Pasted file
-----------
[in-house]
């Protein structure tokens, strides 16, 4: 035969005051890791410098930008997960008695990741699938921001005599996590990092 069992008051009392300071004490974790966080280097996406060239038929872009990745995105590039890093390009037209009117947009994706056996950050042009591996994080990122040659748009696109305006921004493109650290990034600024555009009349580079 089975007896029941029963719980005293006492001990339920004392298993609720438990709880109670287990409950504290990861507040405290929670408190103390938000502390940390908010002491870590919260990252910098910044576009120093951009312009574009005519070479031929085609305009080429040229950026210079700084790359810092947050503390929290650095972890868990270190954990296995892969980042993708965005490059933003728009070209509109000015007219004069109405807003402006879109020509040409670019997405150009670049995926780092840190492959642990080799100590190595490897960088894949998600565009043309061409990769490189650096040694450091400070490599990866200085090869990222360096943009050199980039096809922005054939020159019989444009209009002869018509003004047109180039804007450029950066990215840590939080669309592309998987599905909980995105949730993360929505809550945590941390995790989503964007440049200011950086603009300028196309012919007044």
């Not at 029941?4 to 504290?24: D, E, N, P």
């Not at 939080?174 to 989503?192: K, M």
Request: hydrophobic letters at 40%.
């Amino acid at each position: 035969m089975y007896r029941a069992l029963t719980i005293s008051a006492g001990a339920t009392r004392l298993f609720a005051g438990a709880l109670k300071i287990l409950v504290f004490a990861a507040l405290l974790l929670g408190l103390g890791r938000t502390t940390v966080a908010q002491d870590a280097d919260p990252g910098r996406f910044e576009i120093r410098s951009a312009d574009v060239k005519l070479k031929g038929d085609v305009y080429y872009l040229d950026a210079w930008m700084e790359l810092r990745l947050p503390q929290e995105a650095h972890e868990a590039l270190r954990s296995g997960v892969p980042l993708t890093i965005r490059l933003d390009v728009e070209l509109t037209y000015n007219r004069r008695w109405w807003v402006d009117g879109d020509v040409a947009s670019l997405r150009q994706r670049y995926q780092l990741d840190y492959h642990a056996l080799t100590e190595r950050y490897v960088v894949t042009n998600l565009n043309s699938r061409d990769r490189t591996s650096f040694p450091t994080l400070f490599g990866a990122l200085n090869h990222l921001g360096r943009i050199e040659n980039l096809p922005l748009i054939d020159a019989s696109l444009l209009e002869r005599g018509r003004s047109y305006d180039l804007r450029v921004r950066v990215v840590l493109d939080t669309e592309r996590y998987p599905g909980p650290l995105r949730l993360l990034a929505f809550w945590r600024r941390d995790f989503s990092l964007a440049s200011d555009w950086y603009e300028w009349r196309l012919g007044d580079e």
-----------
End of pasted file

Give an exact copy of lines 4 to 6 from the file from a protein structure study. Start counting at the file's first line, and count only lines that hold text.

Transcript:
């Not at 939080?174 to 989503?192: K, M």
Request: hydrophobic letters at 40%.
């Amino acid at each position: 035969m089975y007896r029941a069992l029963t719980i005293s008051a006492g001990a339920t009392r004392l298993f609720a005051g438990a709880l109670k300071i287990l409950v504290f004490a990861a507040l405290l974790l929670g408190l103390g890791r938000t502390t940390v966080a908010q002491d870590a280097d919260p990252g910098r996406f910044e576009i120093r410098s951009a312009d574009v060239k005519l070479k031929g038929d085609v305009y080429y872009l040229d950026a210079w930008m700084e790359l810092r990745l947050p503390q929290e995105a650095h972890e868990a590039l270190r954990s296995g997960v892969p980042l993708t890093i965005r490059l933003d390009v728009e070209l509109t037209y000015n007219r004069r008695w109405w807003v402006d009117g879109d020509v040409a947009s670019l997405r150009q994706r670049y995926q780092l990741d840190y492959h642990a056996l080799t100590e190595r950050y490897v960088v894949t042009n998600l565009n043309s699938r061409d990769r490189t591996s650096f040694p450091t994080l400070f490599g990866a990122l200085n090869h990222l921001g360096r943009i050199e040659n980039l096809p922005l748009i054939d020159a019989s696109l444009l209009e002869r005599g018509r003004s047109y305006d180039l804007r450029v921004r950066v990215v840590l493109d939080t669309e592309r996590y998987p599905g909980p650290l995105r949730l993360l990034a929505f809550w945590r600024r941390d995790f989503s990092l964007a440049s200011d555009w950086y603009e300028w009349r196309l012919g007044d580079e």